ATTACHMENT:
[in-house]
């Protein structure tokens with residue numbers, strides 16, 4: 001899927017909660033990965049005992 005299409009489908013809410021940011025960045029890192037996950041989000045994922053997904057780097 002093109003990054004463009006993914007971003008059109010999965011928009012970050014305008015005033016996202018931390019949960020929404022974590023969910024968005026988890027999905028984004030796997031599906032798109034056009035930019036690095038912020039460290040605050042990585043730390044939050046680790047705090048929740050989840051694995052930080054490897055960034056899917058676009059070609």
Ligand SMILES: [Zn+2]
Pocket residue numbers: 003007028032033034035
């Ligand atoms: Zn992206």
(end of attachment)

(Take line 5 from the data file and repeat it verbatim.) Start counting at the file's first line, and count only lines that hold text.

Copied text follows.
């Ligand atoms: Zn992206």